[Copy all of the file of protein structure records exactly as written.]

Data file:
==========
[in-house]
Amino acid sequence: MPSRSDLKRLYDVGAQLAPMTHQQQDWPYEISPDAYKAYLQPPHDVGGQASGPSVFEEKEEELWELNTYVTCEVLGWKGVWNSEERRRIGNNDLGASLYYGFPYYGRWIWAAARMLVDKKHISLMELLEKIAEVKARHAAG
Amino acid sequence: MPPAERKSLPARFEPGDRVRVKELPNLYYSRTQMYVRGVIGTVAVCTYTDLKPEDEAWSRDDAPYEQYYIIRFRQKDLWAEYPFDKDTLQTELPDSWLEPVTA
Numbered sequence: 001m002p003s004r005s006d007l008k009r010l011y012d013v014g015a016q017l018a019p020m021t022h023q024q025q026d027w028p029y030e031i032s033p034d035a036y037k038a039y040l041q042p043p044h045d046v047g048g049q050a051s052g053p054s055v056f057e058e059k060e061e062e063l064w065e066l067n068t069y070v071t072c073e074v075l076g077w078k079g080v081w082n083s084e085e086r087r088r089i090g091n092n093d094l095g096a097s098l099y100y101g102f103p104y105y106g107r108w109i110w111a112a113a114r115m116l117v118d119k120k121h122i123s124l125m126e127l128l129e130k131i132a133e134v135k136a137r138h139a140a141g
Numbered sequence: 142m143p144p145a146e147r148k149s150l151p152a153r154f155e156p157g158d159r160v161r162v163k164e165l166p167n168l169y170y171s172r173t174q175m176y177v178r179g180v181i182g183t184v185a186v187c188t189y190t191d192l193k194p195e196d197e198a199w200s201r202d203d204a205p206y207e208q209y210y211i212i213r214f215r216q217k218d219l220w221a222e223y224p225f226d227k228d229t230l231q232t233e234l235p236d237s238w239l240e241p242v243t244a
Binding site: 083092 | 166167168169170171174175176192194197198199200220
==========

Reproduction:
[in-house]
Amino acid sequence: MPSRSDLKRLYDVGAQLAPMTHQQQDWPYEISPDAYKAYLQPPHDVGGQASGPSVFEEKEEELWELNTYVTCEVLGWKGVWNSEERRRIGNNDLGASLYYGFPYYGRWIWAAARMLVDKKHISLMELLEKIAEVKARHAAG
Amino acid sequence: MPPAERKSLPARFEPGDRVRVKELPNLYYSRTQMYVRGVIGTVAVCTYTDLKPEDEAWSRDDAPYEQYYIIRFRQKDLWAEYPFDKDTLQTELPDSWLEPVTA
Numbered sequence: 001m002p003s004r005s006d007l008k009r010l011y012d013v014g015a016q017l018a019p020m021t022h023q024q025q026d027w028p029y030e031i032s033p034d035a036y037k038a039y040l041q042p043p044h045d046v047g048g049q050a051s052g053p054s055v056f057e058e059k060e061e062e063l064w065e066l067n068t069y070v071t072c073e074v075l076g077w078k079g080v081w082n083s084e085e086r087r088r089i090g091n092n093d094l095g096a097s098l099y100y101g102f103p104y105y106g107r108w109i110w111a112a113a114r115m116l117v118d119k120k121h122i123s124l125m126e127l128l129e130k131i132a133e134v135k136a137r138h139a140a141g
Numbered sequence: 142m143p144p145a146e147r148k149s150l151p152a153r154f155e156p157g158d159r160v161r162v163k164e165l166p167n168l169y170y171s172r173t174q175m176y177v178r179g180v181i182g183t184v185a186v187c188t189y190t191d192l193k194p195e196d197e198a199w200s201r202d203d204a205p206y207e208q209y210y211i212i213r214f215r216q217k218d219l220w221a222e223y224p225f226d227k228d229t230l231q232t233e234l235p236d237s238w239l240e241p242v243t244a
Binding site: 083092 | 166167168169170171174175176192194197198199200220